Last week, two circuit courts split over legal challenges to the Obama administration's decision to allow subsidies in federally run exchanges under Obamacare.
A three judge panel in the D.C. Circuit ruled that the administration's implementation, authorized by an Internal Revenue Service rule, was illegal. A separate three judge panel from the Fourth Circuit ruled that the administration's approach was allowable under the law.
The challengers who lost in the Fourth Circuit have now appealed directly to the Supreme Court, asking the high court to resolve the issue as quickly as possible.
The petition, from the Competitive Enterprise Institute (CEI), which is coordinating the challenges, lays out the central question and the stakes involved:
Two Courts of Appeals have squarely divided over its facial validity. The resulting uncertainty over this major plank of ACA implementation means that millions of people have no idea if they may rely on the IRS's promise to subsidize their health coverage, or if that money will be clawed back. Employers in 36 states have no idea if they will be penalized under the ACA's employer mandate, or are effectively exempt from it. Insurers have no idea if their customers will pay for health coverage in which they enrolled, or if large numbers will default. And the Treasury has no idea if billions of dollars being spent each month were authorized by Congress, or if these expenditures are illegal. Only this Court can definitively resolve the matter; it is imperative that the Court do so as soon as possible.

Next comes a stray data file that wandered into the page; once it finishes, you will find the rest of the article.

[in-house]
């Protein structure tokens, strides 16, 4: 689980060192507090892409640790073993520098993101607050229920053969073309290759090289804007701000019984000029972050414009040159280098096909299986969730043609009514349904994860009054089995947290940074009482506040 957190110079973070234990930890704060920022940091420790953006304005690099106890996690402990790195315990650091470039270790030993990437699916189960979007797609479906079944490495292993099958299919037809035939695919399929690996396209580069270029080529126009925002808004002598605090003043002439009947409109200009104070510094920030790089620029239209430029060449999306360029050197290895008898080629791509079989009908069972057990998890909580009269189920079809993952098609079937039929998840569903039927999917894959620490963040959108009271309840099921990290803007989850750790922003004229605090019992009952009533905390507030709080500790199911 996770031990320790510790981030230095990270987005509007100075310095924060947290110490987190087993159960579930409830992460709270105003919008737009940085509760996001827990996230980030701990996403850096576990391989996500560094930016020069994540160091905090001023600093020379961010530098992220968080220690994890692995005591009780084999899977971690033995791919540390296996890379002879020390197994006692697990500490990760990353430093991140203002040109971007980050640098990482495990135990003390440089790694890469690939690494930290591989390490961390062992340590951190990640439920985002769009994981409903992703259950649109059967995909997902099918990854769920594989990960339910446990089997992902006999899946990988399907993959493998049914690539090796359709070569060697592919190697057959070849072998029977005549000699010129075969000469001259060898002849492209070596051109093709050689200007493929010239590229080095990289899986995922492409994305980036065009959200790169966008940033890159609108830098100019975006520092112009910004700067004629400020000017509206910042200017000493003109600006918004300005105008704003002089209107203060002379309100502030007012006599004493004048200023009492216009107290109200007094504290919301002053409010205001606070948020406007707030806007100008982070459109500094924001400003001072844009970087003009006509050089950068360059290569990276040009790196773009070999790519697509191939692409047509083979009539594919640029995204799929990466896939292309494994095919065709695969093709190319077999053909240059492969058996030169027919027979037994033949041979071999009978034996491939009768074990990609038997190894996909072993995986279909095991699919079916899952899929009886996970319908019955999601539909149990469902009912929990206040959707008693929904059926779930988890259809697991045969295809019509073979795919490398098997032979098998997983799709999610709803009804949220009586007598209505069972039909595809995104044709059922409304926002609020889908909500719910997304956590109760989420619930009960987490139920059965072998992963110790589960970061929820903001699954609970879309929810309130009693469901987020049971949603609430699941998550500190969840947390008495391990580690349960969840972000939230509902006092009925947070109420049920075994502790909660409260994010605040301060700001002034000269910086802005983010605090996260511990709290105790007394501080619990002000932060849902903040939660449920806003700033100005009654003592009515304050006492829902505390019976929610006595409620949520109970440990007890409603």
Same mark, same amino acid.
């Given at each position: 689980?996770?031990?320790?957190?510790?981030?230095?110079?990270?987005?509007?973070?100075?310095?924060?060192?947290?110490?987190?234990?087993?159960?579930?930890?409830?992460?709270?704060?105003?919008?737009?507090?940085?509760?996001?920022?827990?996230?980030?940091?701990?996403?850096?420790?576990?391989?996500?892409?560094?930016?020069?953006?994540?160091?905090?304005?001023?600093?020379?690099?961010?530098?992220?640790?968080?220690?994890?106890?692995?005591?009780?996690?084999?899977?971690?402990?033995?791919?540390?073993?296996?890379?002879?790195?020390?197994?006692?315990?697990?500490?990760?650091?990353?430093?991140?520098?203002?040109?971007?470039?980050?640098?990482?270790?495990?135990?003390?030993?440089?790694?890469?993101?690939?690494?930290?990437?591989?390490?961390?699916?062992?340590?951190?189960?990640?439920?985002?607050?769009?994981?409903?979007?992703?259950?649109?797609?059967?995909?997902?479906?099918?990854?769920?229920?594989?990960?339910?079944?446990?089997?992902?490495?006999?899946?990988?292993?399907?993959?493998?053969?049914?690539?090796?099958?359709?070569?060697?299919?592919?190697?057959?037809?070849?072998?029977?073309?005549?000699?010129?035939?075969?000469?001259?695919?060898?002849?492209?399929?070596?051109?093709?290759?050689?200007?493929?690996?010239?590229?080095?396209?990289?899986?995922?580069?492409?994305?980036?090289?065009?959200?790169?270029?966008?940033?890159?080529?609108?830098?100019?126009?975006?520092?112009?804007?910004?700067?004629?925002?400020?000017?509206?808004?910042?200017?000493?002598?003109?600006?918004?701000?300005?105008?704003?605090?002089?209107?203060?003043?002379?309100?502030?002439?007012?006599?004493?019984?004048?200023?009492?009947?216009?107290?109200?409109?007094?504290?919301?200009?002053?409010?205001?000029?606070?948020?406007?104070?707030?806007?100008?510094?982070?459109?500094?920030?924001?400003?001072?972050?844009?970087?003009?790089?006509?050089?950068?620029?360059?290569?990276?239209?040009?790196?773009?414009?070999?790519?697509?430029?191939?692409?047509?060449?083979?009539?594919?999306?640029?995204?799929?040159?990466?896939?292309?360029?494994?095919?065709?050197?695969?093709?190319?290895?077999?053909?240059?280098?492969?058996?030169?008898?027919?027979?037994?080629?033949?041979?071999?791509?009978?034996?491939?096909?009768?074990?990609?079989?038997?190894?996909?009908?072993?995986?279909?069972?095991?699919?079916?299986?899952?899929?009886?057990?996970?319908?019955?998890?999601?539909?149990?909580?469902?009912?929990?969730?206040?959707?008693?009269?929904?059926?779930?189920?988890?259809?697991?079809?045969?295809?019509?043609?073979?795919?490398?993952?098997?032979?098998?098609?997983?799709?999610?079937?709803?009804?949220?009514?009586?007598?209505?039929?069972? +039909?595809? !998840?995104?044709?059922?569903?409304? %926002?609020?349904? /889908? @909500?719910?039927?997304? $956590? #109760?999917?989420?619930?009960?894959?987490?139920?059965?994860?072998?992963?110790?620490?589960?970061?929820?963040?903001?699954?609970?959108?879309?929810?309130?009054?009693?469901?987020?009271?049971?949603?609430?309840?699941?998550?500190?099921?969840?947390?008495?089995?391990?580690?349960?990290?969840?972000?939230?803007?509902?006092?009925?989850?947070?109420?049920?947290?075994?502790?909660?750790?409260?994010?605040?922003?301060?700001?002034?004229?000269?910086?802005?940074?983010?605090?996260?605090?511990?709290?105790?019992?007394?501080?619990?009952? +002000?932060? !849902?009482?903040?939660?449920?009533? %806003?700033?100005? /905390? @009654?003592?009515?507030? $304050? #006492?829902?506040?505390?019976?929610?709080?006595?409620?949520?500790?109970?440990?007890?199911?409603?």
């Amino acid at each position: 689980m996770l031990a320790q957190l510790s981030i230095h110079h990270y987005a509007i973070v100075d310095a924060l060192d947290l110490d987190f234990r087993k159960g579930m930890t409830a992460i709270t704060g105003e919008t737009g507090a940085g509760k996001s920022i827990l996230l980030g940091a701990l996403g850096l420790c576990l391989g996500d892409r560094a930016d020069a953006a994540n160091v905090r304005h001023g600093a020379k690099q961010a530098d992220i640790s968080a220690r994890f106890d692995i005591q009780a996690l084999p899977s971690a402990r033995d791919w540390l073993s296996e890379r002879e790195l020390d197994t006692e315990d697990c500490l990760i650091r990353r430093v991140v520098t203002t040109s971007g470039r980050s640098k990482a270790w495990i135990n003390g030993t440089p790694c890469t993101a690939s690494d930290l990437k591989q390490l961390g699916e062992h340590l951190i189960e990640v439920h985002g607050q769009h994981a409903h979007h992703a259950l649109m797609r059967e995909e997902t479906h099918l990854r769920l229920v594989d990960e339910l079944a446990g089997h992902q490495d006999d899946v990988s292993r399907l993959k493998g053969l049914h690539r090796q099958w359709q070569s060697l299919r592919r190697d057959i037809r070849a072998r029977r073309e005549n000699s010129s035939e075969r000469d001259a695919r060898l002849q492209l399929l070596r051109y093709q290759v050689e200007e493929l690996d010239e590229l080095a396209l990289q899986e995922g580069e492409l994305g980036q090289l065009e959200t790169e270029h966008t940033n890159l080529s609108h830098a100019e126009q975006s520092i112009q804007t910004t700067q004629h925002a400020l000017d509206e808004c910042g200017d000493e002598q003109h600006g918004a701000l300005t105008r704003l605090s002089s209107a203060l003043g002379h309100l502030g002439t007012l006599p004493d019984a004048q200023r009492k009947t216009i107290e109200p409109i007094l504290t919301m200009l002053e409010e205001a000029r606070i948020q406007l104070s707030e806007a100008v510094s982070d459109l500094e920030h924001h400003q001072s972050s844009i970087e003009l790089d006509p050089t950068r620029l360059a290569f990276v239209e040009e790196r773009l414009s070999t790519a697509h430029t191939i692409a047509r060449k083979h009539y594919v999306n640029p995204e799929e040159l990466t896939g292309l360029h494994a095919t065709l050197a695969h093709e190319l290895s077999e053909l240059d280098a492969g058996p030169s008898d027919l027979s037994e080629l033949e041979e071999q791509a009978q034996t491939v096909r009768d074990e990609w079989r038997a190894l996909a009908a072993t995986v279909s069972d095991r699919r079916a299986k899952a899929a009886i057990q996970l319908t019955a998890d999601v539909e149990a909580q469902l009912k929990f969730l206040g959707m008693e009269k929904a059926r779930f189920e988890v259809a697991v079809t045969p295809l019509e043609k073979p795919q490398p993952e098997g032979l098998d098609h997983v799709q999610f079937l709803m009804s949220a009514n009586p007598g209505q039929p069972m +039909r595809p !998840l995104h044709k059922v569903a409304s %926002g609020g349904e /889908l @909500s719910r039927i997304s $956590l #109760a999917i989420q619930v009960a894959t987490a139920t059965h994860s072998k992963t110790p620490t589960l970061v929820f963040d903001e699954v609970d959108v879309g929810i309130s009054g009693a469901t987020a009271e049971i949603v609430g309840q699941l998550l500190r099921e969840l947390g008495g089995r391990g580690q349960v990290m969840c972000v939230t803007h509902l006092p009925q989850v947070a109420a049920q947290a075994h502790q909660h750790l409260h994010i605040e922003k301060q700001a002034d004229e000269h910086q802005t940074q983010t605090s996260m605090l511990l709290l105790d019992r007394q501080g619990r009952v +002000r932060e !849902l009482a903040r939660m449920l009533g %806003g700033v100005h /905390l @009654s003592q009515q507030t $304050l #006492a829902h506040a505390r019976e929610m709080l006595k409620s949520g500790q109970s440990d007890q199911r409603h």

The high court is under no obligation to hear the case, but will do so if four justices decide to grant certification. Challengers hope that the Supreme Court will agree to hear the case as soon as possible. If the court does hear the case, a decision could come as early as next spring.
(Disclosure: I worked at CEI from summer 2005 through early 2007.)